A privately owned and developed airport is under construction eight miles south of Branson, Mo., designed to serve vacationers flying to the Branson area, including airlines and general aviation traffic. The developers of the new airport, Aviation Facilities of McLean, Va., have accepted no federal funds to build and operate the airport, according to executive director Jeff Bourk.
While public funds are available to help defray the $140 million building cost, not accepting those funds, he said, “creates an advantage to us that translates into economic benefits.” For example, Branson Airport will be able to strike exclusive deals with airlines that want to serve the airport from particular cities. The airport can guarantee that airline exclusivity for that route so the airline won’t have to worry about competitors undercutting its prices. “The same is true with all of our vendors and concessionaires,” he added.
“We don’t have to follow federal grant assurances. By creating those arrangements, we’re also protecting the consumer to ensure those entities don’t price-gouge with high fares. And we provide companies the ability to come in and start their business and be successful without that competition. That’s extremely important. Airlines just cannot afford to be pounding on each other. They should not price-gouge, but they need to be able to charge the rates they need to be able to charge.”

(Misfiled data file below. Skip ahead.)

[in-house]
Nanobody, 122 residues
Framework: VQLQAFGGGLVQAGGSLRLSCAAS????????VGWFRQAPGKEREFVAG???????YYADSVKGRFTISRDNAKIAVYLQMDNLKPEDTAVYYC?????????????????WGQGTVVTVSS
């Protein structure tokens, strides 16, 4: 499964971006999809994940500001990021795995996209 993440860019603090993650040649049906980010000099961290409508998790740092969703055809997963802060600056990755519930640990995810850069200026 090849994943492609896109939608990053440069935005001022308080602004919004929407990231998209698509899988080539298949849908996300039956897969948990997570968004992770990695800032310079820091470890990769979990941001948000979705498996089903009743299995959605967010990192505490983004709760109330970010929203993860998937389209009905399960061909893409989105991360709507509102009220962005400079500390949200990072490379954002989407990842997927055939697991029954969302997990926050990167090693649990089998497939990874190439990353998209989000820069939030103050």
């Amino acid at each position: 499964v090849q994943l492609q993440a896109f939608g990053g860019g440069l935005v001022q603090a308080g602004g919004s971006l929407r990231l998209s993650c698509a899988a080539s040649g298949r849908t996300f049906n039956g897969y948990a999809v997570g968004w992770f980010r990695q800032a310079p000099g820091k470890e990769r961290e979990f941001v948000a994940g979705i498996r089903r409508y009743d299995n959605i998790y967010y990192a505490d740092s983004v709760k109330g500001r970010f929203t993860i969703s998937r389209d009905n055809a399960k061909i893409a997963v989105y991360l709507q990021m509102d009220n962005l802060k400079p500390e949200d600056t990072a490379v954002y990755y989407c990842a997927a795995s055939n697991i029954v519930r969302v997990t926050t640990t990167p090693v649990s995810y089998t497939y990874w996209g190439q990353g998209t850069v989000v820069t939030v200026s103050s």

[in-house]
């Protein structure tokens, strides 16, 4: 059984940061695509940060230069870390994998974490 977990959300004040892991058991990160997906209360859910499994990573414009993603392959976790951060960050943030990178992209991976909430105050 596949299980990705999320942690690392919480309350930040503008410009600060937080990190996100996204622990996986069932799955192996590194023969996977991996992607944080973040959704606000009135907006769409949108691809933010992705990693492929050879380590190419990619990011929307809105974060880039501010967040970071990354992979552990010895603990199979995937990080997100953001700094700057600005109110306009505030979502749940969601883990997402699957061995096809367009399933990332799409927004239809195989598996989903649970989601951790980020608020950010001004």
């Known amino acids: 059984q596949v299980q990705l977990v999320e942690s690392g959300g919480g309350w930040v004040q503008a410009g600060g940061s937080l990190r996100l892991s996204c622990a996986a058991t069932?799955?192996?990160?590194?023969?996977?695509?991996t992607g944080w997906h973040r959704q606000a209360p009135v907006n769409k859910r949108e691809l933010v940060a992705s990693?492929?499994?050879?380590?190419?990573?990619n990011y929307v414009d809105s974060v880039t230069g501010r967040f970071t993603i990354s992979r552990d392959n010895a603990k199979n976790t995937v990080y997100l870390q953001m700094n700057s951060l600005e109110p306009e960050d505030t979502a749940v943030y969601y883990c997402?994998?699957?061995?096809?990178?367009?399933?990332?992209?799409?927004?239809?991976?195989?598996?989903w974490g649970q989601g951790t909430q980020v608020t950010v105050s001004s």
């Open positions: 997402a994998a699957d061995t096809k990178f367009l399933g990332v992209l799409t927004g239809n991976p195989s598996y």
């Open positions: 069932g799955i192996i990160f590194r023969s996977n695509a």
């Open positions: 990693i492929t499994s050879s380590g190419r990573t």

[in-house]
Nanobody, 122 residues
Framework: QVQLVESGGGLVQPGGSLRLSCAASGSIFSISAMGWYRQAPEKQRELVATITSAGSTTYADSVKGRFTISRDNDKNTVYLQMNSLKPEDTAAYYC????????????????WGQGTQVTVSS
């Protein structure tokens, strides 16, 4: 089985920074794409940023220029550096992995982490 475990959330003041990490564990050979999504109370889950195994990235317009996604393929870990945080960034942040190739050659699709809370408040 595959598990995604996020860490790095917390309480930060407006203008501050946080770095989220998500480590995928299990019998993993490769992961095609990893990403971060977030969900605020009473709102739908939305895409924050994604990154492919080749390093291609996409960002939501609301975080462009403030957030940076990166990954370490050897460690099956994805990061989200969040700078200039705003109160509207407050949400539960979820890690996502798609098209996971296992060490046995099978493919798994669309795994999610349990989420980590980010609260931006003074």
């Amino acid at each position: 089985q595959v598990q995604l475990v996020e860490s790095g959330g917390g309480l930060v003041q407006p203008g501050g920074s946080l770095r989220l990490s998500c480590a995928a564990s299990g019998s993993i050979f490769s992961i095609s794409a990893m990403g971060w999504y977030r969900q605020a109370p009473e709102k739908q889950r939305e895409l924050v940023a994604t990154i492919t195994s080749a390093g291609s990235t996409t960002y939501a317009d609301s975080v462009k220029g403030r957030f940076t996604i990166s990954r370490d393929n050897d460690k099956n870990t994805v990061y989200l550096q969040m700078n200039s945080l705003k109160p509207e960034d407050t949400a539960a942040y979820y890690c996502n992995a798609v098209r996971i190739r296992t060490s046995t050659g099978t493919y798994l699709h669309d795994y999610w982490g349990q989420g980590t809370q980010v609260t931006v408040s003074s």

Branson Airport will also own and operate the airport’s sole FBO, including providing fuel services, but will offer outside companies an opportunity to operate a maintenance shop and charter service. The FBO will include an executive terminal, private condominium hangars available for five-year-plus lease terms and larger hangars built to suit. Four 60- by 70-foot and five 52- by 56-foot hangars are planned initially, but the master plan includes 100- by 100- and 100- by 120-foot hangars as well. “We have room to accommodate all the needs that we can foresee,” Bourk said. The airport will have a single 7,140-foot-long runway with ILS and GPS approaches and a control tower. Before the formal opening in May next year, the airport might open for local general aviation users, according to Bourk.